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Rull A.,Research Institute Of The Hospital Of Sant Pau Iib Sant Pau | Jayaraman S.,Boston University | Gantz D.L.,Boston University | Rivas-Urbina A.,Research Institute Of The Hospital Of Sant Pau Iib Sant Pau | And 6 more authors.
Biochimica et Biophysica Acta - Molecular and Cell Biology of Lipids | Year: 2016

Low-density lipoprotein (LDL) aggregation is central in triggering atherogenesis. A minor fraction of electronegative plasma LDL, termed LDL(-), plays a special role in atherogenesis. To better understand this role, we analyzed the kinetics of aggregation, fusion and disintegration of human LDL and its fractions, LDL(+) and LDL(-). Thermal denaturation of LDL was monitored by spectroscopy and electron microscopy. Initially, LDL(-) aggregated and fused faster than LDL(+), but later the order reversed. Most LDL(+) disintegrated and precipitated upon prolonged heating. In contrast, LDL(-) partially retained lipoprotein morphology and formed soluble aggregates. Biochemical analysis of all fractions showed no significant degradation of major lipids, mild phospholipid oxidation, and an increase in non-esterified fatty acid (NEFA) upon thermal denaturation. The main baseline difference between LDL subfractions was higher content of NEFA in LDL(-). Since NEFA promote lipoprotein fusion, increased NEFA content can explain rapid initial aggregation and fusion of LDL(-) but not its resistance to extensive disintegration. Partial hydrolysis of apoB upon heating was similar in LDL subfractions, suggesting that minor proteins importantly modulate LDL disintegration. Unlike LDL(+), LDL(-) contains small amounts of apoA-I and apoJ. Addition of exogenous apoA-I to LDL(+) hampered lipoprotein aggregation, fusion and precipitation, while depletion of endogenous apoJ had an opposite effect. Therefore, the initial rapid aggregation of LDL(-) is apparently counterbalanced by the stabilizing effects of minor proteins such as apoA-I and apoJ. These results help identify key determinants for LDL aggregation, fusion and coalescence into lipid droplets in vivo. © 2016 Elsevier B.V. All rights reserved. Source


Martinez-Bujidos M.,Research Institute Of The Hospital Of Sant Pau Iib Sant Pau | Martinez-Bujidos M.,Autonomous University of Barcelona | Rull A.,Research Institute Of The Hospital Of Sant Pau Iib Sant Pau | Gonzalez-Cura B.,Research Institute Of The Hospital Of Sant Pau Iib Sant Pau | And 6 more authors.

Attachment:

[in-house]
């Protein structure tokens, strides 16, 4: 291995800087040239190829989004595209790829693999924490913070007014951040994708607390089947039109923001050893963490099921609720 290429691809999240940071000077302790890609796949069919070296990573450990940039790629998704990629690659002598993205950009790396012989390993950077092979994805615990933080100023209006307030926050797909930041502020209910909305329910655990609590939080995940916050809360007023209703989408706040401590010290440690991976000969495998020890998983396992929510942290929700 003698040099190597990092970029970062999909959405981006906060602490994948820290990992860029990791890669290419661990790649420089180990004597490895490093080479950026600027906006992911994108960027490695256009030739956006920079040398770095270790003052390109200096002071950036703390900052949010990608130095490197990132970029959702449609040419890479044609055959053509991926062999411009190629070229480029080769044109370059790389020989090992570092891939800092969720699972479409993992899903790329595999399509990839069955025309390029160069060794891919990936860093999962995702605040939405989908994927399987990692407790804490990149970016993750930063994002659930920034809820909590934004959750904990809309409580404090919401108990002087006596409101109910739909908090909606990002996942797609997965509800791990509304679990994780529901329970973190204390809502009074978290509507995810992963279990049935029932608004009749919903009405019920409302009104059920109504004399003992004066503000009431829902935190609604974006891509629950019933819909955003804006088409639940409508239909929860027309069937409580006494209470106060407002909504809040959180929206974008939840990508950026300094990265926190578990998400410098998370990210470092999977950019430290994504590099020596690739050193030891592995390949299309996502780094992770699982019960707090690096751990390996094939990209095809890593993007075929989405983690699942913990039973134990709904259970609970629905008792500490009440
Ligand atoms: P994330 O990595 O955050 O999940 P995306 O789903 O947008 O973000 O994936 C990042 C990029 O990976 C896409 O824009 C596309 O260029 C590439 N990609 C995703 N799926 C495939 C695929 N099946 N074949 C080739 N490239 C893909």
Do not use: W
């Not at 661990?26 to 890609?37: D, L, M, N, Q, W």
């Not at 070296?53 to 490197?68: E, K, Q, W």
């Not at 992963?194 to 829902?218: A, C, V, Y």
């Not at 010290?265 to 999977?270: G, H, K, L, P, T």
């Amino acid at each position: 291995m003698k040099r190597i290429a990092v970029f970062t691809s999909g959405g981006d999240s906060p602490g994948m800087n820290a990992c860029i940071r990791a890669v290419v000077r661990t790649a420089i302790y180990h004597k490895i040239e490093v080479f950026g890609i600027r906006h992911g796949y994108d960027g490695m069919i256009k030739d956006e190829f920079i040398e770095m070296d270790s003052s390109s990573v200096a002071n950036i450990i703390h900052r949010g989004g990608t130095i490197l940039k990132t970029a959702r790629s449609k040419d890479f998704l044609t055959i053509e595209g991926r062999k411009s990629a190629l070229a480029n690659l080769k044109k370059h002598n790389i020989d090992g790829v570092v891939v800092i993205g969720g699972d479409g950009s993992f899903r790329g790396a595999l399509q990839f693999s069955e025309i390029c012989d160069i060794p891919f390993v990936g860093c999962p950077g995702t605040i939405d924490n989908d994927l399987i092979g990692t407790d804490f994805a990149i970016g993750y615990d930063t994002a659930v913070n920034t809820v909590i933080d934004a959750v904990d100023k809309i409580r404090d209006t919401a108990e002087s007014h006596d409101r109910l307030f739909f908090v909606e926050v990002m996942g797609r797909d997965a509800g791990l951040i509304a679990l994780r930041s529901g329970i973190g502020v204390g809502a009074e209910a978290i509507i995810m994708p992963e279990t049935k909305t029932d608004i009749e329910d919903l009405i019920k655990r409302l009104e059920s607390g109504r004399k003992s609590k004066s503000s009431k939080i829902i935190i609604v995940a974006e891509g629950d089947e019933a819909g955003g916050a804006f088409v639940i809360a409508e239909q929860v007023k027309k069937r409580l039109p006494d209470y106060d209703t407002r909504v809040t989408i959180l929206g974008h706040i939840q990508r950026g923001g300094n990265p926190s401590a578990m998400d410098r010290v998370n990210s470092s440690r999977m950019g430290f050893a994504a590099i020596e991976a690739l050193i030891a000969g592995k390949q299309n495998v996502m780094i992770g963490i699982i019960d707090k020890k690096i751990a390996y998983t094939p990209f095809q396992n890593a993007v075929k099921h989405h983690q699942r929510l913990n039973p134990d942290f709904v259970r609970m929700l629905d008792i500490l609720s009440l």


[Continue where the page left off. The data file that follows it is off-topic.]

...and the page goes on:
FASEB Journal | Year: 2015

Clusterin/apolipoprotein J (apoJ) is an extracellular chaperone involved in the quality control system against protein aggregation. A minor part of apoJ is transported in blood bound to LDLs, but its function is unknown. Our aim was to determine the role of apoJ bound to LDLs. Total LDL from human plasma was fractionated into native LDL [LDL(+)] and electronegative LDL [LDL(-)]. The latter was separated into nonaggregated [nagLDL(-)] and aggregatedLDL(-)[agLDL (-)]. The content of apoJ was 6-fold higher in LDL(-) than in LDL(+) and 7-fold higher in agLDL(-) than in nagLDL(-). The proportion of LDL particles containing apoJ (LDL/J+) was 3-fold lower in LDL(+) than in LDL(-). LDL/J+ particles shared several characteristics with agLDL(-), including increased negative charge and aggregation. apoJ-depleted particles (LDL/J-) showed increased susceptibility to aggregation, whether spontaneous or induced by proteolysis or lipolysis, as was revealed by turbidimetric analysis, gel filtration chromatography, lipoprotein precipitation, native gradient gel electrophoresis, circular dichroism, and transmission electronic microscopy. The addition of purified apoJ to total LDL also prevented its aggregation induced by proteolysis or lipolysis. These findings point to apoJ as a key modulator of LDL aggregation and reveal a putative new therapeutic strategy against atherosclerosis. © FASEB. Source

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